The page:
How to Select Fall Arrest SystemsHow to Select Fall Arrest SystemsHow to Select Fall Arrest Systems

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Fall arrest systems prevent personnel from falling in construction sites, factories, and other industrial locations. They can be installed and configured to work horizontally, vertically, overhead, or along specific inclines. Applications for fall arrest systems include power transmission, telecommunication, computer, and aerospace industries.

 

Types of Fall Arrest Systems

 

There are many different types of fall arrest systems. Examples include:

 

  • Personal fall arrest systems - A personal fall arrest system consists of three parts: a full body harness, an anchorage connector that guarantees a secure base connection, and a shock-absorbing lanyard to remove the strain out from the fall.
  • Fall protection systems - A fall protection system is used in construction activities where the work to be performed is at a height greater than six feet.
  • Roof fall arrest systems - A roof fall arrest system is used on rooftops for maintenance, inspection, and repair tasks.
  • Safety cable and harness systems - A safety cable and harness system allows a falling worker to drop several feet before arresting the fall.
  • Tie offs - Tie offs are tied at or above the D-ring point of the belt or harness worn by a worker.
  • Railings - Railings and floor grating systems are basic fall arrest systems that prevent personnel from falling from platforms.

Specifications

 

Selecting fall arrest systems requires an analysis of performance specifications. Specifications for a fall protection system include maximum working load (lbs.), maximum arresting force of (lbs. /ft.), and working capacity (9 ft.). A roof fall arrest system with a rope length 23 ft. may have a height capability of 17.7 in., a width of 8.0 in., and a maximum working load of 300 lbs. A tie off support system may feature a 5000 lbs. capacity to tie each worker. Other specifications for fall arrest systems vary by system type.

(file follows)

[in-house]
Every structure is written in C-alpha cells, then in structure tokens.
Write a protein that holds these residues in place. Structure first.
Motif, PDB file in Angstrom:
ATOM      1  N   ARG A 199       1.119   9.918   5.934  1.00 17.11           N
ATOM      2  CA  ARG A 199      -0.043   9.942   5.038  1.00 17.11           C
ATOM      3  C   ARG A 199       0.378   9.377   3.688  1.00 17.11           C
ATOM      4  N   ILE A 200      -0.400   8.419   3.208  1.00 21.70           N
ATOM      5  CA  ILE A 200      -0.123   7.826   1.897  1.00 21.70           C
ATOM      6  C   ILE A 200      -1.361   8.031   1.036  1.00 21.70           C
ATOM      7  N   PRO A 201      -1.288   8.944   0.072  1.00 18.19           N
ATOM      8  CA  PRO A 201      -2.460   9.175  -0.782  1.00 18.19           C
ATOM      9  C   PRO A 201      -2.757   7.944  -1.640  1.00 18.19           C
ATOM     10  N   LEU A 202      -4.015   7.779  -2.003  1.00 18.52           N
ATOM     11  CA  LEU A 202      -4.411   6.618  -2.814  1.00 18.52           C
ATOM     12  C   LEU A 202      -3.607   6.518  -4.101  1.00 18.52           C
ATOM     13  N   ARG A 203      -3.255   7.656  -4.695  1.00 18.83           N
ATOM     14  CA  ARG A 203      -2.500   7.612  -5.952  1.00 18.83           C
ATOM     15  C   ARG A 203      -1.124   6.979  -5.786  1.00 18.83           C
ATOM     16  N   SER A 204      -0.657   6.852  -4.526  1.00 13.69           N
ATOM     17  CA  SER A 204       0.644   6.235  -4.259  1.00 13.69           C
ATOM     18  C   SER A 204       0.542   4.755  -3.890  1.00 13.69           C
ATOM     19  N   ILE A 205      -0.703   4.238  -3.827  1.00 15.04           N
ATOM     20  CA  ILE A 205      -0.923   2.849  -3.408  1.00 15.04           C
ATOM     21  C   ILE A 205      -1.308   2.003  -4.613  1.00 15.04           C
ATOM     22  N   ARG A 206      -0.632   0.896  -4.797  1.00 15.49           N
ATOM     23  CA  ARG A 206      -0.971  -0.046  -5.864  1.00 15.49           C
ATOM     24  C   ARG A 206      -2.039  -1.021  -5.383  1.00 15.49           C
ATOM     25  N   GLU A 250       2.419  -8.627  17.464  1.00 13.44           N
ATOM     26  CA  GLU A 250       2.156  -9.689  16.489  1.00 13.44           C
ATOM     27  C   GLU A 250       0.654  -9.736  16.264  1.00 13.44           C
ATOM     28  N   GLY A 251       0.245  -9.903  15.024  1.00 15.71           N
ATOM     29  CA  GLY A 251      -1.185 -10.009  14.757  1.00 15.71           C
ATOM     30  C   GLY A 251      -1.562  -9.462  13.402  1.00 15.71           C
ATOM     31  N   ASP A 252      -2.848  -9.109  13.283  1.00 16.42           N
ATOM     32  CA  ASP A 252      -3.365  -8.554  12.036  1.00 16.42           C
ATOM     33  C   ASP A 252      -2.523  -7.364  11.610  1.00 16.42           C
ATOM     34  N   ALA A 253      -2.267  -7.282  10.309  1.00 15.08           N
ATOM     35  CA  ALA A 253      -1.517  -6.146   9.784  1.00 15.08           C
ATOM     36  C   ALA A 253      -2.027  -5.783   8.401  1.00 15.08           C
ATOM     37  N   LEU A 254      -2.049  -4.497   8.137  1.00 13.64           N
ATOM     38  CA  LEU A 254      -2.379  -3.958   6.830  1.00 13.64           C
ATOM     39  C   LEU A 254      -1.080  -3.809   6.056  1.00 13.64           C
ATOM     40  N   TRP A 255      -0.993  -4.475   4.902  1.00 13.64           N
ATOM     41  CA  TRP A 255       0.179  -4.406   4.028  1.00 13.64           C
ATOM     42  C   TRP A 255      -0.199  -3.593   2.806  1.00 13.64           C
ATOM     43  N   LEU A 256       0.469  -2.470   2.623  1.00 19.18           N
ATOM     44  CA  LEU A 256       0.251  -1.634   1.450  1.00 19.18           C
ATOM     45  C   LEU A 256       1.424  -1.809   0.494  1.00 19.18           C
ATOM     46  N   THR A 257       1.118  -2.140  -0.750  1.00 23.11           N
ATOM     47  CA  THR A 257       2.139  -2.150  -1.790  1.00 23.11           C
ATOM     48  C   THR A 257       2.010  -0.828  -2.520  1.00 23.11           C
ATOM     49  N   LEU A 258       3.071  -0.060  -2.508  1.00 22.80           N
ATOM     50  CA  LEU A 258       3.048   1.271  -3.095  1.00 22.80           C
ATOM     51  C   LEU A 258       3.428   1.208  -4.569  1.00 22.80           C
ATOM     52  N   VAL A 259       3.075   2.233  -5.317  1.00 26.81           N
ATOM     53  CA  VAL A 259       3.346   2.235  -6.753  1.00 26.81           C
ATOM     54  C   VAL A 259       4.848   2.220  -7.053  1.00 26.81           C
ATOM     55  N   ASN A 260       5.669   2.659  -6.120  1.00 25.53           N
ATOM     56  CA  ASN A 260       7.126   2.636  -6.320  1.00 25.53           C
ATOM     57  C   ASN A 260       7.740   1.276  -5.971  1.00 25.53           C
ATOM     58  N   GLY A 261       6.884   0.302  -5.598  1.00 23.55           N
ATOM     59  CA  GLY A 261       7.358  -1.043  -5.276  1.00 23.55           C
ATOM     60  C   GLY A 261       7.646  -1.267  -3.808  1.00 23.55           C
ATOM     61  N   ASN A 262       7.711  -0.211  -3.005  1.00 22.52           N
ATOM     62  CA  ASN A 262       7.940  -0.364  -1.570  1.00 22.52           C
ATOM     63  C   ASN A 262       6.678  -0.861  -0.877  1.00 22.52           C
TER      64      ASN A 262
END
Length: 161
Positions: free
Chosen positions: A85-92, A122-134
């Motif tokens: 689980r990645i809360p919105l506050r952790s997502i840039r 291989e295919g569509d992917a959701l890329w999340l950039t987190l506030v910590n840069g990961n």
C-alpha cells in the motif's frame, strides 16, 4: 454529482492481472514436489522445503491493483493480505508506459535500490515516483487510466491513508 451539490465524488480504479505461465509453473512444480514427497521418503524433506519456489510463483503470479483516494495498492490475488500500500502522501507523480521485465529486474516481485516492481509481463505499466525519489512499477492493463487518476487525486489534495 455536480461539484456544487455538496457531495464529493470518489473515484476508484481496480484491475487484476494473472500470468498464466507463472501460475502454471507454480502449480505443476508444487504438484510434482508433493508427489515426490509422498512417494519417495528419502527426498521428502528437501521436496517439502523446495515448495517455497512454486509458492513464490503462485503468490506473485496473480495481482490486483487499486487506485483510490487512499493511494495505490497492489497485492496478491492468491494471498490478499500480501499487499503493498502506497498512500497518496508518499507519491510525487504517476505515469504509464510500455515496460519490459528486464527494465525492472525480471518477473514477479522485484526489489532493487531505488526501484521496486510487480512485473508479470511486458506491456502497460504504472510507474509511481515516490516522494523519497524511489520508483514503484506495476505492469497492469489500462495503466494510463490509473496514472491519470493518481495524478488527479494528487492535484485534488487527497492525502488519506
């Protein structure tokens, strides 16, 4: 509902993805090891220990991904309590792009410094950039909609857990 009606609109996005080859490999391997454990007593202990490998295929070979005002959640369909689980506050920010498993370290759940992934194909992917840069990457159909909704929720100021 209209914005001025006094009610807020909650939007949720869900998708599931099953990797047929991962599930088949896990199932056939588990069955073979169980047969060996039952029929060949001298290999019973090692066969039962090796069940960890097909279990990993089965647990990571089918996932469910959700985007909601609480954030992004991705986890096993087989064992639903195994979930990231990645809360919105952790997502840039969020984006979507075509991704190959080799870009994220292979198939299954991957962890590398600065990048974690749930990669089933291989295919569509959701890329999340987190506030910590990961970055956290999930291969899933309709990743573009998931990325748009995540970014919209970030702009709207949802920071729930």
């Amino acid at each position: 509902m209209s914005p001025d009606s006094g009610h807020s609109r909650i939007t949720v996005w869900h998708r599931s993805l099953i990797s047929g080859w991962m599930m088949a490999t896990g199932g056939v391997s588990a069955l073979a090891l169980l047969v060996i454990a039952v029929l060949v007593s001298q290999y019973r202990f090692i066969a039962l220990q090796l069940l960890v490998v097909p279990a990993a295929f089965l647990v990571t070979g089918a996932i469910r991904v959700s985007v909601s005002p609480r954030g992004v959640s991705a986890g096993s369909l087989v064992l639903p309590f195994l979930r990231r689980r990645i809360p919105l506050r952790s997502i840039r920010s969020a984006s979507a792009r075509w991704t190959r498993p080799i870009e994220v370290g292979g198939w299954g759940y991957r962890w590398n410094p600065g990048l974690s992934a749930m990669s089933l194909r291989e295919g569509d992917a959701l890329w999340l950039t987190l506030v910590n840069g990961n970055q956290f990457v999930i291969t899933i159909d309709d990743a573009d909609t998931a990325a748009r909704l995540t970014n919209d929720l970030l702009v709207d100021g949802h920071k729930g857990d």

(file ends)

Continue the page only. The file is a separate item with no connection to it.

Standards


Fall arrest systems are designed and manufactured to meet both industry specifications and safety requirements. Many fall arrest systems adhere to guidelines from the U.S. Occupational Safety and Health Administration (OSHA). OSHA fall protection guidelines are designed ensure the safety of workers on buildings, bridges, and towers. A safety cable and harness system must meet applicable military specifications (MIL-SPEC) or military standards (MIL-STD).

 

ISO 10333-1 - PERSONAL FALL-ARREST SYSTEMS - PART 1: FULL-BODY HARNESSES

ISO 10333-2 - PERSONAL FALL-ARREST SYSTEMS - PART 2: LANYARDS AND ENERGY ABSORBERS

ISO 10333-3 - PERSONAL FALL-ARREST SYSTEMS - PART 3: SELF-RETRACTING LIFELINES